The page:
The Washington Capitals are coming off a bittersweet year in 2009-2010. Finishing with 121 points, the Presidents Trophy winners were silenced in the first round by a determined Montreal squad and the red hot goalie of the playoffs, Jaroslav Halak. Unconcerned with regular season stats and accomplishments at this point, the Capitals have one focus…getting ready for playoff hockey.
Offense: A There can be no question that the Capitals hold one of the deepest offensive teams in the league. The Presidents Trophy winners from last year finished with 46 more goals than the next highest team in the league and 61 more goals than the next highest team in the East, the Penguins. The Caps first line will continue to give goalies nightmares. Despite missing 10 games last year, Alexander Ovechkin managed to pot a measly 50 goals. If he can stay healthy and keep from being suspended, Alex the Great has the potential to “bounce back” from last year’s campaign. His Swedish counterpart, Nicklas Backstrom, had a career season all around with 33 goals and 68 assists for a fourth best 101 point year. Don’t expect the 22 year old pivot to slow down this season, and if he can improve his unsightly 49.9% face-off percentage expect a big year for both Backstrom and Ovechkin. The second line is where the largest questions remain. While Alexander Semin lit the lamp 40 times last year, he did it largely without a consistent center to play with. This year, there will be a battle for the right to pass to the “other Alex.” It will be between Tomas Fleischmann (23G-28A-51P), Swedish 2009 first round draft pick Marcus Johansson, and recent Calder Cup champion Matthieu Perreault. Competition like this tends to bring out the best in people, and with right wing Brooks Laich coming off a career year (25G-34A-59P) learning under first line Jedi Master power forward Mike Knuble don’t be surprised if the Caps second line is unmatched by any other in the NHL.
Defense: B- The blueline is largely criticized as the weakest link on the Capitals. There can be little question that Norris trophy candidate Mike Green is the best offensive defenseman in the league. However his defensive game, while still good (+39, 133 hits, 105 blocked shots) leaves a little to be desired in his own zone. He will look to silence his critics this season while his partner, Jeff Schultz, is coming off a year where he led the league in plus/minus. Both Karl Alzner and WJC Team USA overtime hero John Carlson are expected to retain full time spots on the Caps blueline. The 20 year old Carlson was arguably Washington’s best defensman in the seven game disaster against Montreal in the first round of the playoffs. Tom Poti will return as the sole veteran presence on the Caps back end, providing solid even strength defense while leaving fans praying he never sees another second of penalty kill duty.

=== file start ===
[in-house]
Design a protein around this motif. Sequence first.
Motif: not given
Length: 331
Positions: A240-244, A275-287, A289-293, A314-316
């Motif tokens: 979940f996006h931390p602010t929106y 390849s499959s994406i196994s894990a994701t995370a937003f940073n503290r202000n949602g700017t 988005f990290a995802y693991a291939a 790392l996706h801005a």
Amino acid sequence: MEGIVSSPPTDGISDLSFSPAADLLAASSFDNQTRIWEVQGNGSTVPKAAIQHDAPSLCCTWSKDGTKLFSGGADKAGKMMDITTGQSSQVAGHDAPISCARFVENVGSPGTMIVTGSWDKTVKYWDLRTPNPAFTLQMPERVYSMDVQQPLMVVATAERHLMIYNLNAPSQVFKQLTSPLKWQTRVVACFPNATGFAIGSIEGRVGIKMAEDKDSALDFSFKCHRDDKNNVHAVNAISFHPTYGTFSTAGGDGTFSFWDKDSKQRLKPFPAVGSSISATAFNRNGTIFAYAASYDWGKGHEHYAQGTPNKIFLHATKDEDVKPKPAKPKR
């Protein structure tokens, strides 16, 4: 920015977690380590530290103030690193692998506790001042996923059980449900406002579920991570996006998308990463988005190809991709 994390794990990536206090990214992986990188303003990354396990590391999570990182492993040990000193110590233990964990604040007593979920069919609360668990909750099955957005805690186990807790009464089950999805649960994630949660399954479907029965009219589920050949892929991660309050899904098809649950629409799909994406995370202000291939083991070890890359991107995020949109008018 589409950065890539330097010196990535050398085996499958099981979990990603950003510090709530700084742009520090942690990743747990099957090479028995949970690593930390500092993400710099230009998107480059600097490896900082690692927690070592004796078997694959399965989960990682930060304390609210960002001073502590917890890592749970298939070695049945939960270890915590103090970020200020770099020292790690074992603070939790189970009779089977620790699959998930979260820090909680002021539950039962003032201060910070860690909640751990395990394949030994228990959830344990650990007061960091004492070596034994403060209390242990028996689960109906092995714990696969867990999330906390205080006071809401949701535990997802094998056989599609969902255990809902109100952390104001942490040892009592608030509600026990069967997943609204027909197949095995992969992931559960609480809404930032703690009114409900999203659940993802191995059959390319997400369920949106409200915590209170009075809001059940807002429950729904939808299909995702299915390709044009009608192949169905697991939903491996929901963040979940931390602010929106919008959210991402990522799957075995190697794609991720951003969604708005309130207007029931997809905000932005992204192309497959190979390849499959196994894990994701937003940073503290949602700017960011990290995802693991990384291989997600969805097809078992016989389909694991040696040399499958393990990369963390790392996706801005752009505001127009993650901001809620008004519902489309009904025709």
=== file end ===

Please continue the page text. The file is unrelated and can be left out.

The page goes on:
Goaltending: B+ Another battle to focus on during the season will be the position of starting goaltender. With Masterton Trophy winner Jose Theodore leaving town, it looks like General Manager George McPhee is trusting his two young netminders to handle the load. Semyon Varlamov has the NHL regular season and playoff experience that his rookie counterpart, Michal Neuvirth, does not. However, don’t expect Neuvirth to take a step back. He is fresh off back to back Calder Cup Championships with the Hershey Bears. In the first championship run, he was named MVP of the playoffs. Coach Bruce Boudreau plans on using the two youngsters in tandem during the regular season, letting them battle it out for the starting spot between the pipes in April.
Key Additions: Michal Neuvirth, John Carlson, Karl Alzner, Marcus Johansson, Matthieu Perreault, DJ King
Key Losses: Jose Theodore, Brendan Morrison, Eric Belanger, Shoane Morrison